Home STATE WTI oil prices crushed to record low under $0.20

WTI oil prices crushed to record low under $0.20


Historic slide: Traders fret over a slump in demand due to the coronavirus pandemic

First Published on gulfnews.com

US crude prices plunged to their lowest level in history on Monday as traders continue to fret over a slump in demand due to the coronavirus pandemic.


At 1.44 EDT (9.44pm Dubai time, April 20, 2020), the West Texas Intermediate crude stood at $2.12. Then WTI crude for May delivery tanked 94%, to $0.97, its lowest level on record.

It dropped even further to a ridiculous 20 cent/barrel.


The US benchmark crude oil price sank to its lowest level ever on Monday, below $3 per barrel. The US benchmark West Texas Intermediate (WTI) crude is the index thas has now tanked to record lows.

Analysts said this month’s agreement between OPEC and its peers to slash output by 10 million barrels a day was having little impact because of the virus lockdowns and travel restrictions that are keeping billions of people at home.

This latest plunge is threatening to erase an entire decade of demand growth, slashing thousands of jobs and wiping out hundreds of billions of dollars from company valuations.

Brent declined 5.8% to $26.44. Brent Crude is more ubiquitous in the market, and most oil is priced using Brent Crude as the benchmark, at least to the tune of two-thirds of all oil pricing. 


Industrial and economic activity is grinding to a halt as governments around the globe extend shutdowns due to the swift spread of the coronavirus. Oil has faced its own knock-on effects with a market massively oversupplied and nowhere to put physical barrels of crude. An unprecedented output deal by OPEC and allied members a week ago to curb supply is proving too little too late in the face a one-third collapse in global demand.

On Monday, a technical oddity exacerbated the price plunge as traders fled the May futures contract ahead of its expiration tomorrow, driving it down as much as 78% to the lowest level since futures began trading in New York in 1983. The following month’s contract fell 11% to $22.22 a barrel.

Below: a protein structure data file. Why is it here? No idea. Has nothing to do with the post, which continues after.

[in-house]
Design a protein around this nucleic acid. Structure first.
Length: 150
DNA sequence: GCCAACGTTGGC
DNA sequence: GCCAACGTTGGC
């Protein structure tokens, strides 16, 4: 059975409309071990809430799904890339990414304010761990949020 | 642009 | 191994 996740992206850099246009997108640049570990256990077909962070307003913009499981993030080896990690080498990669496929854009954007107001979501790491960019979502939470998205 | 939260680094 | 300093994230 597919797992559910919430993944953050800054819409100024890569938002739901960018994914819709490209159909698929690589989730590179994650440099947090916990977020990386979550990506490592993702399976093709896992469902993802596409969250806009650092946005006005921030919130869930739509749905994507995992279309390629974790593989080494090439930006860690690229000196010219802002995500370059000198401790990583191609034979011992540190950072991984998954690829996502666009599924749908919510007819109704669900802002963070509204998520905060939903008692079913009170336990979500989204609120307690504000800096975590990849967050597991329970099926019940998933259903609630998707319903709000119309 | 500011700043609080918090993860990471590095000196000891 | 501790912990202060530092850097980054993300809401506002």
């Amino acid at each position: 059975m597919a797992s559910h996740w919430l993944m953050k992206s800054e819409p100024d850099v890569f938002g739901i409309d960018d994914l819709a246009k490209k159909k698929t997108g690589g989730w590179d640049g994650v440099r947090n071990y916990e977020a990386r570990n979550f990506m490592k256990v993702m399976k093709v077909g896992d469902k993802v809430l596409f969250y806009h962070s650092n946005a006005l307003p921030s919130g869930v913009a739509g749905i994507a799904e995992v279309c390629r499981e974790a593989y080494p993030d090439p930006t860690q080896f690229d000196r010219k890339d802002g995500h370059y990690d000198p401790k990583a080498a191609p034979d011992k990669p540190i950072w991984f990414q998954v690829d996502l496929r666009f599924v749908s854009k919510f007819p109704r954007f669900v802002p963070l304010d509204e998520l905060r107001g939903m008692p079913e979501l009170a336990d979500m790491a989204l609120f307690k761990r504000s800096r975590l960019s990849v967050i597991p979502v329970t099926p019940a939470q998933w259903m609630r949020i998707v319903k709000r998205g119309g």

CME group said it’s possible that May WTI contract could trade negative.

“There is little to prevent the physical market from the further acute downside path over the near term,” said Michael Tran, managing director of global energy strategy at RBC Capital Markets. “Refiners are rejecting barrels at a historic pace and with U.S. storage levels sprinting to the brim, market forces will inflict further pain until either we hit rock bottom, or COVID clears, whichever comes first, but it looks like the former.”

Since the start of the year, oil prices have fallen by more than 90% after the compounding impacts of the coronavirus and a breakdown in the original OPEC+ agreement. With no end in sight, and producers around the world continuing to pump, that’s causing a fire-sale among traders who don’t have access to storage.

Signs of weakness everywhere

There are signs of weakness everywhere. Buyers in Texas are offering as little as $2 a barrel for some oil streams, raising the possibility that producers may soon have to pay to have crude taken off their hands. The spread between the nearest two contracts for the U.S. benchmark has fallen to its weakest level on record. In Asia, bankers are increasingly reluctant to give commodity traders the credit to survive as lenders grow ever more fearful about the risk of a catastrophic default.

Crude stockpiles at Cushing – America’s key storage hub and delivery point of the West Texas Intermediate contract – have jumped 48% to almost 55 million barrels since the end of February. The hub had working storage capacity of 76 million as of Sept. 30, according to the Energy Information Administration.

Fund Inflow

Despite the weakness in headline prices, retail investors are continuing to plow money back into oil futures. The U.S. Oil Fund ETF saw a record $552 million come in on Friday, taking total inflows last week to $1.6 billion.

The price collapse is reverberating across the oil industry. Crude explorers shut down 13% of the American drilling fleet last week. While production cuts in the country are gaining pace, it isn’t happening quickly enough to avoid storage filling to maximum levels, said Paul Horsnell, head of commodities at Standard Chartered.

“The background psychology right now is just massively bearish,” Michael Lynch, president of Strategic Energy & Economic Research Inc said in a phone interview. “People are concerned that we are going to see so much build up of inventory that it’s going to be very difficult to fix in the near term and there is going to be a lot distressed cargoes on the market. People are trying to get rid of the oil and there are no buyers.


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